3. or as dsadm (for UNIX servers). Log on to the server. The controls and buttons on this page are enabled only if you logged on as an administrator . you have unlimited administrative rights. It is enabled only when at least one project exists.2. If you do so as an Administrator (for Windows NT servers). The DataStage Administration window appears: The General page lets you set server-wide properties. otherwise your rights are restricted as described in the previous section.
Primary interface to the DataStage Repository..1. 3.Used to store and manage re-usable metadata for the jobs. 2. Custom routines and transforms can also be created in the Manager . 4. Used to import and export components from file-system to DataStage projects.
The DataStage Director is the client component that validates.schedules and monitors jobs run by the DataStage Server. It is the starting point for most off the tasks a DataStage operator needs to do in respect of DataStage jobs.. .runs.
Job Category Pan Menu Bar Toolbar Status Bar Display Area .
The display area is the main part of the DataStage Director window. It displays the status of all jobs in the category currently selected in the job category tree.The default view. regardless of their category. which appears in the right pane of the DataStage Director window. There are three views: Job Status . and displays the status of all server jobs in the current project. the Job Statues view includes a Category column. . If you hide the job category pane.
. Job Schedule . the display area shows all scheduled jobs and batches. regardless of their category. Job Log.Displays a summary of scheduled jobs and batches in the currently selected job category..If the job category pane is hidden.Displays the log file for a job chosen from the Job Status view or the Job Schedule view.
. and transform the data.DataStage Designer is used to: Create DataStage Jobs that are compiled into executable programs. integrate. load. Integrating and loading data. transforming. Design the jobs that extract. Create and reuse metadata and job components Allows you to use familiar graphical point –and-click techniques to develop processes for extracting. aggregate. cleansing.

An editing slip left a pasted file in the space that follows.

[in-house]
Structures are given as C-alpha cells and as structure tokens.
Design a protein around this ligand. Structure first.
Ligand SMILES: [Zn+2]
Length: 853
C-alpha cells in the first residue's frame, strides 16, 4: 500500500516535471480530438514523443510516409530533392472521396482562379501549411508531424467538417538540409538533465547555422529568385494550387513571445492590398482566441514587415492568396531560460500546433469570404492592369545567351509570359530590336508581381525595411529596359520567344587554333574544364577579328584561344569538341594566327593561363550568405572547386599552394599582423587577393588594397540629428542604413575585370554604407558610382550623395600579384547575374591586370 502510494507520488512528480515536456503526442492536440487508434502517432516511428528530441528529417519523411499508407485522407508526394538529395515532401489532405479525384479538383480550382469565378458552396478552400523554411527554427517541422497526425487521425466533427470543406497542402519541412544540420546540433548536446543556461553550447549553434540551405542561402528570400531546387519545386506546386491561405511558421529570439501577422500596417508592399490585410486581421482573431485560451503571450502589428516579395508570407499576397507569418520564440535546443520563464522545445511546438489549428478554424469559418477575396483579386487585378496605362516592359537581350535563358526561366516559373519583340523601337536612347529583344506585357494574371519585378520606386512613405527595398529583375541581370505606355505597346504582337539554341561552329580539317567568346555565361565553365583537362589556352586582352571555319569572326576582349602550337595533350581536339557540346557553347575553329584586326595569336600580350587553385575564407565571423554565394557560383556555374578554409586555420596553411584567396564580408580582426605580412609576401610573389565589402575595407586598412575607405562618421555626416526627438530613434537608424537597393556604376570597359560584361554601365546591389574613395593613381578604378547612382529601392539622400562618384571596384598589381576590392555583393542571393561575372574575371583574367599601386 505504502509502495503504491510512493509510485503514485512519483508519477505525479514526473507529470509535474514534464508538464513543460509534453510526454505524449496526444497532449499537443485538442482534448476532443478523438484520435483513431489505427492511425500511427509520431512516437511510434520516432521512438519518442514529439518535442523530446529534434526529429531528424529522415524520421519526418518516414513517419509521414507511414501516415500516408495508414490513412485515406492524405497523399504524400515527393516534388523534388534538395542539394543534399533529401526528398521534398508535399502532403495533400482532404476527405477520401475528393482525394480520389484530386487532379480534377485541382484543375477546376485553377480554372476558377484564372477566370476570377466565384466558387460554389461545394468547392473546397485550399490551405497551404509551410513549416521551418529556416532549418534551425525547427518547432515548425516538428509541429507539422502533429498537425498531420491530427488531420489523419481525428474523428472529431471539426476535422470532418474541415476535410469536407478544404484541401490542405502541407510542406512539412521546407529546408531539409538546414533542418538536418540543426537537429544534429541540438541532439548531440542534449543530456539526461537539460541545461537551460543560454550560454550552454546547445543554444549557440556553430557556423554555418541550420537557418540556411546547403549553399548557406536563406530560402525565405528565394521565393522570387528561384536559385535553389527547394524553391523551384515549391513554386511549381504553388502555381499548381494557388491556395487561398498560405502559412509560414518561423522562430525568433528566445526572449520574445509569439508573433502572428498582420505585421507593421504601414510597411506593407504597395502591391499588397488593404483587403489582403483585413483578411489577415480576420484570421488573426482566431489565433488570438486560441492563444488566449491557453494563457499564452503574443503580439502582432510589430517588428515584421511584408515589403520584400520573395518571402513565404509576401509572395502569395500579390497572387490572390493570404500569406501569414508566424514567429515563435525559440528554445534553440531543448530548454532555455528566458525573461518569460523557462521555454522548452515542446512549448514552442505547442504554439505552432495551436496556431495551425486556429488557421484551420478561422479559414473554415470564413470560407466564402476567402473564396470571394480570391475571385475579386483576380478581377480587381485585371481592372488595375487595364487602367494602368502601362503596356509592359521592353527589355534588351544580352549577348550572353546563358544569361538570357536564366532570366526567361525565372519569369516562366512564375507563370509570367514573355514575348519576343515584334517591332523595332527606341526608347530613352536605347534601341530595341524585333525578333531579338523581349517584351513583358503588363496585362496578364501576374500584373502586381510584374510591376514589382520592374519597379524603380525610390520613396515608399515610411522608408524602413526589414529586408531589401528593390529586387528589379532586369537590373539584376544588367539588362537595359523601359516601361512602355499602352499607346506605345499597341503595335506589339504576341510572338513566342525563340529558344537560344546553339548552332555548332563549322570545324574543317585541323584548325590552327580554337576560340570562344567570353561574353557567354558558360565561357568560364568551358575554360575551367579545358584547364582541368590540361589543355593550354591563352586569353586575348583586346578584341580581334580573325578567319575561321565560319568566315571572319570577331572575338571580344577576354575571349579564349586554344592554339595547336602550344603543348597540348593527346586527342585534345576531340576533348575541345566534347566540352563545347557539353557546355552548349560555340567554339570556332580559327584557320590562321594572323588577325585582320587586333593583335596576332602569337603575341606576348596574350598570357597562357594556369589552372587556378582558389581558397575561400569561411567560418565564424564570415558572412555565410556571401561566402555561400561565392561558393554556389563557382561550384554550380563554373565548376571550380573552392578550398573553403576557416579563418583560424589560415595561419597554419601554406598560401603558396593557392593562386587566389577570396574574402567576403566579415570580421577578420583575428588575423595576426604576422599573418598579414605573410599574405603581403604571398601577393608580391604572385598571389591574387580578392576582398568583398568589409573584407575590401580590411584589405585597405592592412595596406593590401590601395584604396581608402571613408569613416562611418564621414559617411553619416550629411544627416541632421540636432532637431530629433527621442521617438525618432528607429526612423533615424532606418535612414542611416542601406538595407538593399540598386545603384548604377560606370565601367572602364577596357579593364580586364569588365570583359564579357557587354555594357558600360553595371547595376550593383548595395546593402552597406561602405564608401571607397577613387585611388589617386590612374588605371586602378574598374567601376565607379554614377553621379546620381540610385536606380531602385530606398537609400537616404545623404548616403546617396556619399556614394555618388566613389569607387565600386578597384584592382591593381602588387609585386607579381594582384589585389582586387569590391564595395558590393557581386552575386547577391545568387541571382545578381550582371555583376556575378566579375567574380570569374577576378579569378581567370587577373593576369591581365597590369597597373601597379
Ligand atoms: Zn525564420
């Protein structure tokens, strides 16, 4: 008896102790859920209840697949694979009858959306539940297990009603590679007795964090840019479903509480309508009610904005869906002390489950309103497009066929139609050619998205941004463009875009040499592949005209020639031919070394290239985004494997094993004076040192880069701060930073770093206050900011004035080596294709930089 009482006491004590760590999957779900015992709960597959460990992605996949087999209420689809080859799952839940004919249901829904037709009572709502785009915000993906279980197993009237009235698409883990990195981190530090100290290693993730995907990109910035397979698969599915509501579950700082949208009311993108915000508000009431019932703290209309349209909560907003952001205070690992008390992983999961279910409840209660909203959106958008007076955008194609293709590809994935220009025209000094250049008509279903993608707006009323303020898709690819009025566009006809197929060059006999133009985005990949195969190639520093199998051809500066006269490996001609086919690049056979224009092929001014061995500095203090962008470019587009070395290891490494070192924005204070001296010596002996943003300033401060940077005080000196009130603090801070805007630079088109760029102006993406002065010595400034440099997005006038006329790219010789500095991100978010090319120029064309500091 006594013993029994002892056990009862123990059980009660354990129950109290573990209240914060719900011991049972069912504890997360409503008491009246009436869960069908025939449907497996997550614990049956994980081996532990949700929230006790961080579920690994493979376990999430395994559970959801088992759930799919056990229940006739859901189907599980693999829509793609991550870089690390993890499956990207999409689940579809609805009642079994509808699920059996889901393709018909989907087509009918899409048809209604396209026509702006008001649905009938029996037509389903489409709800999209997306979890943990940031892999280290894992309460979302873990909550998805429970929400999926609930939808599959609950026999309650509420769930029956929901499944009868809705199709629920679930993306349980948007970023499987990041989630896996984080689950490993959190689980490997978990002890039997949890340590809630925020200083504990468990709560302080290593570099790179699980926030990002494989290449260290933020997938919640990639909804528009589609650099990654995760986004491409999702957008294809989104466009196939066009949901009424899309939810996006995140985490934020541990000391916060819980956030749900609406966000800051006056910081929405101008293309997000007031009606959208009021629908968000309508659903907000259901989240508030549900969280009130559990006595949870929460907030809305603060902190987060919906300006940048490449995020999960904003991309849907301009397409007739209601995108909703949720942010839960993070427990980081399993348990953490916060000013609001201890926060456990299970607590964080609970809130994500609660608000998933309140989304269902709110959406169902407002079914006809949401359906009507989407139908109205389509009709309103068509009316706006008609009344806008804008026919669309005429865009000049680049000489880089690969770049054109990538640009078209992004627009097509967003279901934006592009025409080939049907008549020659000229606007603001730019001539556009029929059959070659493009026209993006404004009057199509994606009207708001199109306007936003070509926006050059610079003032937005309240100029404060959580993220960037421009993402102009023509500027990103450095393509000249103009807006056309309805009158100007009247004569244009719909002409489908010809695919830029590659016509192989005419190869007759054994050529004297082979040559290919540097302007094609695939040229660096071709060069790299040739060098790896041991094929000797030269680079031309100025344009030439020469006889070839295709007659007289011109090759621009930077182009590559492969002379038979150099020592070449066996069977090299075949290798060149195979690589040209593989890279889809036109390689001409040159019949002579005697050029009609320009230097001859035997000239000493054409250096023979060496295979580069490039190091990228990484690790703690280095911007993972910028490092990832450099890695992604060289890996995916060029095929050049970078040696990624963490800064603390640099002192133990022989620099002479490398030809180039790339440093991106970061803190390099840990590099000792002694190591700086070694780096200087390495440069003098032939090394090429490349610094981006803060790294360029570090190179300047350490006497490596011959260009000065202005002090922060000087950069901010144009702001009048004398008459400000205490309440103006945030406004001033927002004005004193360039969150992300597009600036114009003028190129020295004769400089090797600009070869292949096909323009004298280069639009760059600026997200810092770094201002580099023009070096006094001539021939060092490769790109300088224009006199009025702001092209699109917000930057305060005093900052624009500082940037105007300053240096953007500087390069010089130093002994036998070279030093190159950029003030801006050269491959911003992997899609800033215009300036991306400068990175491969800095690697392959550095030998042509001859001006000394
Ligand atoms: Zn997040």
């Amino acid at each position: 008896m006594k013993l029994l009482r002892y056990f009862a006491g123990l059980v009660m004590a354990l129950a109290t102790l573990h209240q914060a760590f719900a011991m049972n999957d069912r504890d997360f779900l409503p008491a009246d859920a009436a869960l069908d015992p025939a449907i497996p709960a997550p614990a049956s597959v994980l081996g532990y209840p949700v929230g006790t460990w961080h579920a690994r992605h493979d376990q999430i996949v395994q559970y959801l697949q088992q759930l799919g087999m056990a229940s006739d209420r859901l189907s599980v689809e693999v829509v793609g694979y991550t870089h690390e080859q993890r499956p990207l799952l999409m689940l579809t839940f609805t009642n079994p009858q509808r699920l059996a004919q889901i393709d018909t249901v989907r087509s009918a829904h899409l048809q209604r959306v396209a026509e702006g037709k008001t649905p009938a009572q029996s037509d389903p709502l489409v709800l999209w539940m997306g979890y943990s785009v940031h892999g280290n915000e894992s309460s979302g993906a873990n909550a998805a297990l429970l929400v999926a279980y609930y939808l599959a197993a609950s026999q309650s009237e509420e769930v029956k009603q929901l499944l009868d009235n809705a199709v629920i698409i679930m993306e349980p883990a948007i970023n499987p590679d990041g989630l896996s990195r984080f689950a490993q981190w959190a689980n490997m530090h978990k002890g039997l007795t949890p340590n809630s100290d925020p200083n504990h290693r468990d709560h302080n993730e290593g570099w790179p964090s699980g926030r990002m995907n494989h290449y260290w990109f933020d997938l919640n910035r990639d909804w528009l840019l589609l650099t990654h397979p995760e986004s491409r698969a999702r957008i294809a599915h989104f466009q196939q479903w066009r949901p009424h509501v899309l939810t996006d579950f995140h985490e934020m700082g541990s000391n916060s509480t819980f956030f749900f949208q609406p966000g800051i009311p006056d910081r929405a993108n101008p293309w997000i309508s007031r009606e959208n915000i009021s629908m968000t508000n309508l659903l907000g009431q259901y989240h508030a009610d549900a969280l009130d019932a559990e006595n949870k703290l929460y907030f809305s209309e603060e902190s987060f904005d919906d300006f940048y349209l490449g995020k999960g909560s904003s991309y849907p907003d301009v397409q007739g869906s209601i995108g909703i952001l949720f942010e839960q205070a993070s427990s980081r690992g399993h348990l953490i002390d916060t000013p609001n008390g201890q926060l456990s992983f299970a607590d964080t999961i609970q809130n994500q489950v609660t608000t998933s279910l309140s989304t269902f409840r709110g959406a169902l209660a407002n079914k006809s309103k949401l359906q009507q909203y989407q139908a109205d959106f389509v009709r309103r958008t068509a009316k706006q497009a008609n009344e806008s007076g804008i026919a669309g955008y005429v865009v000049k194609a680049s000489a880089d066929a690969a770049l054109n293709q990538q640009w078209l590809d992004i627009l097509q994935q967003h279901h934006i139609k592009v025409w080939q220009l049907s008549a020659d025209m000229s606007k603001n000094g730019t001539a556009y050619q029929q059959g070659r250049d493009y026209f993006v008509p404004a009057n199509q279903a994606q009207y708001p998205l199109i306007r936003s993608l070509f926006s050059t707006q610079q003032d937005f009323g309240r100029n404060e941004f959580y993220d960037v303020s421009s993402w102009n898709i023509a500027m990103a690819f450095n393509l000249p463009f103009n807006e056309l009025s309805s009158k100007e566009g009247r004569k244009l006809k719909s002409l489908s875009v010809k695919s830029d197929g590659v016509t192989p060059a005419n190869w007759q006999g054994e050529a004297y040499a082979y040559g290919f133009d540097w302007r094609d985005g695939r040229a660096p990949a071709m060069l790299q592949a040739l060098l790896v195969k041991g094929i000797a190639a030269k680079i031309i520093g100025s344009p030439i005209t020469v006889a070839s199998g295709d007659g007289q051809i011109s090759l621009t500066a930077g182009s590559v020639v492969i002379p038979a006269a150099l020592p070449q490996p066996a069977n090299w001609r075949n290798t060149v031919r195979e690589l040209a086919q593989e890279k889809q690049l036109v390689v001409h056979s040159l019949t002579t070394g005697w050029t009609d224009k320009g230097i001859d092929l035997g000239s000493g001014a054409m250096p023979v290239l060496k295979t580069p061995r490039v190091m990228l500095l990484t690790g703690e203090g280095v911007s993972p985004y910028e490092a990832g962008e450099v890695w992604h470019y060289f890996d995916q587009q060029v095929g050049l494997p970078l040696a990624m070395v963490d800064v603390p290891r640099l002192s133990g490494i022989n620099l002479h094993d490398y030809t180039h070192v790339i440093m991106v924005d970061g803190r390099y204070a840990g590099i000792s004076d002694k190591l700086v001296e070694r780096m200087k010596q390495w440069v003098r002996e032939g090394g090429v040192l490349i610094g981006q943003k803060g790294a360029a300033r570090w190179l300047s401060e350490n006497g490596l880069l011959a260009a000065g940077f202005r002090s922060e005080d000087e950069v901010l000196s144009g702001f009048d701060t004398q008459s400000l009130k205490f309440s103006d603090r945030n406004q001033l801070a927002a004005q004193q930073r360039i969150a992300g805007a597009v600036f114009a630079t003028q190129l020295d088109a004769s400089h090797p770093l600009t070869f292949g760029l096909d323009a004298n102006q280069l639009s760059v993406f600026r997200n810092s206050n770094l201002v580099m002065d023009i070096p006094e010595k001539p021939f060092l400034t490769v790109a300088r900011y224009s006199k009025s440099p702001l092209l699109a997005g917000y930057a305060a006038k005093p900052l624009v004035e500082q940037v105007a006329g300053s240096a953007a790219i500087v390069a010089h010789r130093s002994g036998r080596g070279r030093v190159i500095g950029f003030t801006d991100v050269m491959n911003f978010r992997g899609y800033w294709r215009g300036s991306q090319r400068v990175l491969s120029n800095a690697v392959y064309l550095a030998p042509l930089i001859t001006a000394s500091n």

Use Designer to: Specify how data is extracted. Split data into multiple outputs on the basis of defined constraints .... Specify data transformations. Decode data going into the target tables using reference lookups Aggregate Data.
you define the required actions and processes for each stage and link.The Designer graphical interface lets you select Stage icons. still working in the Designer. get it working. and add links. . and so on. Then. then insert further processing. This means that you can easily create a simple job. A job created with the Designer is easily scalable. drop them onto the Designer work area. additional data sources.
you may only have one project installed on your system and this is displayed by default. At this point. Enter your user name in the User name field. 3.1. This list box displays all the projects installed on your DataStage server. 4. 5. Choose the project to connect to from the Project list. This is the name of the system where the DataStage server components are installed.Enter the name of your host in the Host system field. Select the Save settings check box to save your logon settings . 2. This is your user name on the server system. Enter your password in the Password field.
• A Toolbar from where you select Designer functions.The DataStage Designer window consists of the following parts: • One or more Job windows where you design your jobs. • A Tool Palette from which you select job components. • The Property Browser window where you view the properties of the selected job. • The Repository window where you view components in a projects. • A Status Bar which displays one-line help for the window . • A Debug Toolbar from where you select debug functions.
For full information about the Designer window. . and information on the current state of job operations. compilation. refer to the DataStage Designer Guide.components. including the functions of the pull-down and shortcut menus. for example.
STAGES IN DATASTAGE FILE:SEQUENTIAL FILE DATA SET PROCESSING TRANSFORMER COPY .
FILTER SORTER AGGREGATOR FUNNEL REMOVE DUPLICATE JOIN .